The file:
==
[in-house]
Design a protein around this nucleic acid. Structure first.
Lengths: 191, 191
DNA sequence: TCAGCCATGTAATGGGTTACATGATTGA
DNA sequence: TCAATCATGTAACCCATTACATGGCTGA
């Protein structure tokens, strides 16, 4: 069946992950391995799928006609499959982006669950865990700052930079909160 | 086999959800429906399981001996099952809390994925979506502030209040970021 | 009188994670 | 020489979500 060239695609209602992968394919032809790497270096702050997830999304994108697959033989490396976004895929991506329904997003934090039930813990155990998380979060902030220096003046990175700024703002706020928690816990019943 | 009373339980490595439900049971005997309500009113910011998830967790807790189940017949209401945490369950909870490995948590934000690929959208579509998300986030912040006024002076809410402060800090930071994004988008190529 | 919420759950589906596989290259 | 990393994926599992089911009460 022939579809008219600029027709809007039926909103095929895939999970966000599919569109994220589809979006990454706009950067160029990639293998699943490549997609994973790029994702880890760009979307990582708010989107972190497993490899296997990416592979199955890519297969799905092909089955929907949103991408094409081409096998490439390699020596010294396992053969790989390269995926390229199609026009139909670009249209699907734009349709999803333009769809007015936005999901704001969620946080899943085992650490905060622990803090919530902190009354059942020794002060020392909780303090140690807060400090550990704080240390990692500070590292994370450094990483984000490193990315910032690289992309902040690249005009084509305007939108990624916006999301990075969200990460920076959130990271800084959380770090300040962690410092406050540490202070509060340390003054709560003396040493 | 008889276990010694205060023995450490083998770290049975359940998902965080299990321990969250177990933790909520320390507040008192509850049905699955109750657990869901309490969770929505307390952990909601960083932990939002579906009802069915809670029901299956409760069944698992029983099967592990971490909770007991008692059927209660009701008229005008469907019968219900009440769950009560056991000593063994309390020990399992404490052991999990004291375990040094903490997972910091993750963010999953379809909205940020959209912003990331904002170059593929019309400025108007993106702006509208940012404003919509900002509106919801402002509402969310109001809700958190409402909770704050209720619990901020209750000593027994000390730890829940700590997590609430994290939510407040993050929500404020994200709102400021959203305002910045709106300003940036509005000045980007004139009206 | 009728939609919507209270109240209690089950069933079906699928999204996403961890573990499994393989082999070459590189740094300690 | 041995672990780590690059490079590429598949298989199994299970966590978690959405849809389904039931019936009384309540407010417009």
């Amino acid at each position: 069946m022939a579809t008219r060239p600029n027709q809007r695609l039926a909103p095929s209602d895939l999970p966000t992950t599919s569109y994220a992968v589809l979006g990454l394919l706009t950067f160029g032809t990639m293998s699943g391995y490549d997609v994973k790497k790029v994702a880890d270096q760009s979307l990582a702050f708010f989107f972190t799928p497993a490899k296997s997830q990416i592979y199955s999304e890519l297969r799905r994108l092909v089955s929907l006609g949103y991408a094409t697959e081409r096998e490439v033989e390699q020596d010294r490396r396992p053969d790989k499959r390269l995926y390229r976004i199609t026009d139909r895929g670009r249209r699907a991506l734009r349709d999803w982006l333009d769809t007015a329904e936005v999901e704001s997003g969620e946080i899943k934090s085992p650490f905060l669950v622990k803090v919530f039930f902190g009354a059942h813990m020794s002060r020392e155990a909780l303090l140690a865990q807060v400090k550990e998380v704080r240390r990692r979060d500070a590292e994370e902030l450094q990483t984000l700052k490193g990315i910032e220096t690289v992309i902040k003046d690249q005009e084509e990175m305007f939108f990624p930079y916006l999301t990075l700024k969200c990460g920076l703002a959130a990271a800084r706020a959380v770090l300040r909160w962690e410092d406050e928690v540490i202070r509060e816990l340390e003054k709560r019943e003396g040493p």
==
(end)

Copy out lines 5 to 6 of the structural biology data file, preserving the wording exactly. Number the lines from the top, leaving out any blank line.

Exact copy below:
DNA sequence: TCAATCATGTAACCCATTACATGGCTGA
């Protein structure tokens, strides 16, 4: 069946992950391995799928006609499959982006669950865990700052930079909160 | 086999959800429906399981001996099952809390994925979506502030209040970021 | 009188994670 | 020489979500 060239695609209602992968394919032809790497270096702050997830999304994108697959033989490396976004895929991506329904997003934090039930813990155990998380979060902030220096003046990175700024703002706020928690816990019943 | 009373339980490595439900049971005997309500009113910011998830967790807790189940017949209401945490369950909870490995948590934000690929959208579509998300986030912040006024002076809410402060800090930071994004988008190529 | 919420759950589906596989290259 | 990393994926599992089911009460 022939579809008219600029027709809007039926909103095929895939999970966000599919569109994220589809979006990454706009950067160029990639293998699943490549997609994973790029994702880890760009979307990582708010989107972190497993490899296997990416592979199955890519297969799905092909089955929907949103991408094409081409096998490439390699020596010294396992053969790989390269995926390229199609026009139909670009249209699907734009349709999803333009769809007015936005999901704001969620946080899943085992650490905060622990803090919530902190009354059942020794002060020392909780303090140690807060400090550990704080240390990692500070590292994370450094990483984000490193990315910032690289992309902040690249005009084509305007939108990624916006999301990075969200990460920076959130990271800084959380770090300040962690410092406050540490202070509060340390003054709560003396040493 | 008889276990010694205060023995450490083998770290049975359940998902965080299990321990969250177990933790909520320390507040008192509850049905699955109750657990869901309490969770929505307390952990909601960083932990939002579906009802069915809670029901299956409760069944698992029983099967592990971490909770007991008692059927209660009701008229005008469907019968219900009440769950009560056991000593063994309390020990399992404490052991999990004291375990040094903490997972910091993750963010999953379809909205940020959209912003990331904002170059593929019309400025108007993106702006509208940012404003919509900002509106919801402002509402969310109001809700958190409402909770704050209720619990901020209750000593027994000390730890829940700590997590609430994290939510407040993050929500404020994200709102400021959203305002910045709106300003940036509005000045980007004139009206 | 009728939609919507209270109240209690089950069933079906699928999204996403961890573990499994393989082999070459590189740094300690 | 041995672990780590690059490079590429598949298989199994299970966590978690959405849809389904039931019936009384309540407010417009």